DH 180: Born Digital
Prof. Mackenzie Brooks
Assistant Professor and Digital Humanities Librarian
firstname.lastname@example.org // 540-458-8659 // Leyburn 218 // office hours: Wed 4-5pm, Thurs 2-3pm
This course will explore the concept of “born digital” archives and our relationship to them as humans and scholars. The information that we create, consume, and communicate is almost entirely digital. Entire libraries fit in our pockets and every day sees 500 million new tweets of human expression. We now have constant access to a vast archive of human record – or do we? The average lifespan of a webpage is 100 days. Studies show that that 20% of academic articles contain broken links. How will future scholars understand our world of fragmented and fragile knowledge production and storage? Through discussion and lab time, this course will explore methods for studying and preserving contemporary culture and events. We will examine issues related to the ethics of appraisal, privacy, digital obsolescence, under-represented communities, media studies, and collective memory. Students will learn the basics of archival theory, practice, and technology in order to create a web archive of their design.
- Students will learn and be able to apply the principles of archival theory and practice.
- Students will think critically about the use and creation of digital records in their own lives and communities.
- Students will analyze “born digital” archives through the lens of their chosen discipline(s).
- Students will practice methods for collecting and preserving born digital archives by conducting their own digital preservation project.
The following HU FDR Learning Objectives will be met through the analysis of born-digital archives:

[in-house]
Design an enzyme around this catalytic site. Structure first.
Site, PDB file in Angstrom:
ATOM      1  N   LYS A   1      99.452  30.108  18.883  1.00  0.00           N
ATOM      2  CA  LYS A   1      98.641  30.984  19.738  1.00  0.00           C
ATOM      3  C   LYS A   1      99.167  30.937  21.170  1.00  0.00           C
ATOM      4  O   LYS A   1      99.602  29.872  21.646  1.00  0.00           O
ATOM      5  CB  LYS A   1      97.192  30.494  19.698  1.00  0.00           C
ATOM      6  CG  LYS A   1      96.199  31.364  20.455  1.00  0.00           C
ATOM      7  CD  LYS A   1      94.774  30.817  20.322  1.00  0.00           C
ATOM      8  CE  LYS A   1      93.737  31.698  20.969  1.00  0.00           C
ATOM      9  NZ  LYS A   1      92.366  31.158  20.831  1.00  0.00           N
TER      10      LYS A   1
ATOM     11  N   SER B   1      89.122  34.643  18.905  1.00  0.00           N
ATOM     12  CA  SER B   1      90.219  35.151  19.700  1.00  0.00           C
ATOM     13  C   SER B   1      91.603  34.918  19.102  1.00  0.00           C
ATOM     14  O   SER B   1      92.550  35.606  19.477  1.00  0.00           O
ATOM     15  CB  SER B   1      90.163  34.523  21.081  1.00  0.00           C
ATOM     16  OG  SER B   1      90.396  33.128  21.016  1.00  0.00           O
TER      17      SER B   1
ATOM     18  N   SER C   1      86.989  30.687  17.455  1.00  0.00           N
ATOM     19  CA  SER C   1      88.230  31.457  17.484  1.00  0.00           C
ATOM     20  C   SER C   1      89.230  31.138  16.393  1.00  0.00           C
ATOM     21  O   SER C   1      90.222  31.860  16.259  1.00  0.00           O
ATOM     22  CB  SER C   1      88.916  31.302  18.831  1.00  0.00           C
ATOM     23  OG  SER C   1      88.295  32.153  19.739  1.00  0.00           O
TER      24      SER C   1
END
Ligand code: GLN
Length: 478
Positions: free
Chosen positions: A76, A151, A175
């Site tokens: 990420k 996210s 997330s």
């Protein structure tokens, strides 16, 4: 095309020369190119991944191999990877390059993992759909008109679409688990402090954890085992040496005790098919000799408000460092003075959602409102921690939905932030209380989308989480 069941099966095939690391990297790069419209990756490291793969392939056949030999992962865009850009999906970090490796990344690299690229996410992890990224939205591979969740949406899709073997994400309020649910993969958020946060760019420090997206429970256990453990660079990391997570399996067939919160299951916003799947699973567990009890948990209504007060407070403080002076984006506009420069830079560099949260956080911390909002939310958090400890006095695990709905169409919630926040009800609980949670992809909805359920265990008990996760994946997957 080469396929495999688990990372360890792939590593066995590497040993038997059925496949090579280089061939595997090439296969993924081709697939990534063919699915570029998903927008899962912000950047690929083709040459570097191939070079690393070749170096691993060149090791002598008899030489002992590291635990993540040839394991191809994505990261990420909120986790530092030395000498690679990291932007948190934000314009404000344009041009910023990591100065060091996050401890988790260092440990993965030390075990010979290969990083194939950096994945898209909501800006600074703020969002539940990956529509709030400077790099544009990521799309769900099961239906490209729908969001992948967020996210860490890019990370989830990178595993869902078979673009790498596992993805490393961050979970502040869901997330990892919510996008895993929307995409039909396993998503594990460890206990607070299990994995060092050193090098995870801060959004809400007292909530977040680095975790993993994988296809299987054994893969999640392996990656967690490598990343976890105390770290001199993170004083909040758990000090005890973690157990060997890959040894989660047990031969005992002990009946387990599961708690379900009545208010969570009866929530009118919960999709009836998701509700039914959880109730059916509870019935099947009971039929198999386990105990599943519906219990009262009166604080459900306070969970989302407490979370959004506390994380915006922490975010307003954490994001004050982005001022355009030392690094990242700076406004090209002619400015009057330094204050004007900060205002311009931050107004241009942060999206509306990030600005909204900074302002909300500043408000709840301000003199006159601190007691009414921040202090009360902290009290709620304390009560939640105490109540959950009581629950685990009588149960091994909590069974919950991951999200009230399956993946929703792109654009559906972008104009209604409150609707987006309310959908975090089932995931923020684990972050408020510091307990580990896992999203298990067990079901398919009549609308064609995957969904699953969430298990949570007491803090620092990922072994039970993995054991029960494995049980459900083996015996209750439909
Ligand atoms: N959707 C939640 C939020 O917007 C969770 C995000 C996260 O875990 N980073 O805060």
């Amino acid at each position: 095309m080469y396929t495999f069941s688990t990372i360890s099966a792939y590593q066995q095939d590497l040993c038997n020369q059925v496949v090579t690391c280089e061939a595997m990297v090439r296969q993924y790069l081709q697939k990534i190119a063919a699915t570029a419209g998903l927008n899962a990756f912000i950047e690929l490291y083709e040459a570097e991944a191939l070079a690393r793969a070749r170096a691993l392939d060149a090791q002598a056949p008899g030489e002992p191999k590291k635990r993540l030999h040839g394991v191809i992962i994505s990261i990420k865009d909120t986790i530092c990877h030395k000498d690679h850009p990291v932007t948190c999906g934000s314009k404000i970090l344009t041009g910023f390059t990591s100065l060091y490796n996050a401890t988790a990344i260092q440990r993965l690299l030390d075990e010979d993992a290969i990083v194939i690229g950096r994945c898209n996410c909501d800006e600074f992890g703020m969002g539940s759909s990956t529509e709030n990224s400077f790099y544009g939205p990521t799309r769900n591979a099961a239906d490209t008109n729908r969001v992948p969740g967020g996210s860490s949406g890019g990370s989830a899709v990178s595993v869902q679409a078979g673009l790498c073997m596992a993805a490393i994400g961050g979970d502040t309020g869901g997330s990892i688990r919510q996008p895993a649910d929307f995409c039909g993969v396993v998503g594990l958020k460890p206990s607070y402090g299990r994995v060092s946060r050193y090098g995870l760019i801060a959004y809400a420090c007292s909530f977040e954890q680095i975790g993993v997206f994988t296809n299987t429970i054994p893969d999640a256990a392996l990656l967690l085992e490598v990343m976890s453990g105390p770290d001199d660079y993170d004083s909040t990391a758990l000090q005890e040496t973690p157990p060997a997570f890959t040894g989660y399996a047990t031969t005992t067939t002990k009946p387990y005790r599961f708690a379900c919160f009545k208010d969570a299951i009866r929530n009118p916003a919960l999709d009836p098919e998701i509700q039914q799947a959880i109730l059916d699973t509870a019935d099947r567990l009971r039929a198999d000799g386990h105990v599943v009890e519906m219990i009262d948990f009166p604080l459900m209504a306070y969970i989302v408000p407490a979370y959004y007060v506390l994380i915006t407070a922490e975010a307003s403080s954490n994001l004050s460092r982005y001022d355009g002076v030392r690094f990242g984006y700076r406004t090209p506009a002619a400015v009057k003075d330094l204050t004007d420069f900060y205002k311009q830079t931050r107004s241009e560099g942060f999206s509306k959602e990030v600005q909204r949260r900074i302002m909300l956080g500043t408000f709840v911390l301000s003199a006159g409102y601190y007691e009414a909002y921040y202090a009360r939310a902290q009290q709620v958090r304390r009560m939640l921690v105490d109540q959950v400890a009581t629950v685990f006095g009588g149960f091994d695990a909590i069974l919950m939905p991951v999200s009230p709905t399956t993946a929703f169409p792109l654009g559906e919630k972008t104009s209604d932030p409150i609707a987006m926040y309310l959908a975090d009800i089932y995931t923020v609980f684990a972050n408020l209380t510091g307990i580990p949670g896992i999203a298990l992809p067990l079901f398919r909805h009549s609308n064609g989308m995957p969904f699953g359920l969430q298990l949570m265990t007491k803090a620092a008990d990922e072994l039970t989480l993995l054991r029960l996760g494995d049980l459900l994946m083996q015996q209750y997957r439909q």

- analyze and/or interpret texts and/or cultural artifacts using appropriate discipline-specific terminology and methods;
- demonstrate competency in analysis and interpretation of texts and/or cultural artifacts; and
- write interpretive studies of specific texts and/or cultural artifacts.
Policies & accommodations:
- I allow two “free passes” for absences or late assignments. You must declare the pass before class begins or before the assignment is due for it to count. Unexcused absences or late assignments will result in the reduction of your final grade by one percentage point.
- Proper citations and attributions are mandatory in all assignments. Academic integrity is especially important as we will encounter and reference a variety of publications in this class, not just peer-reviewed academic sources.
- Washington and Lee University makes reasonable academic accommodations for qualified students with disabilities. All undergraduate accommodations must be approved through the Title IX Coordinator and Director of Disability Resources, Elrod Commons 212 (540) 458-4055. Students requesting accommodations for this course should present an official accommodation letter within the first two weeks of the term and schedule a meeting outside of class time to discuss accommodations. It is the student’s responsibility to present this paperwork in a timely fashion and to follow up about accommodation arrangements. Accommodations for test-taking must be arranged with the professor at least a week before the date of the test or exam, including finals.
Most readings will be available online through the library’s subscriptions or open access. The following represent core texts for the course:
Brügger, Niels, and Ralph Schroeder. The Web as History: Using Web Archives to Understand the Past and the Present. UCL Press, 2017, http://discovery.ucl.ac.uk/1542998/1/The-Web-as-History.pdf.
Owens, Trevor. Theory and Craft of Digital Preservation. Johns Hopkins University Press, forthcoming. https://osf.io/preprints/lissa/5cpjt
Rumsey, Abby Smith. When We Are No More. Bloomsbury Press, 2016. (purchase required)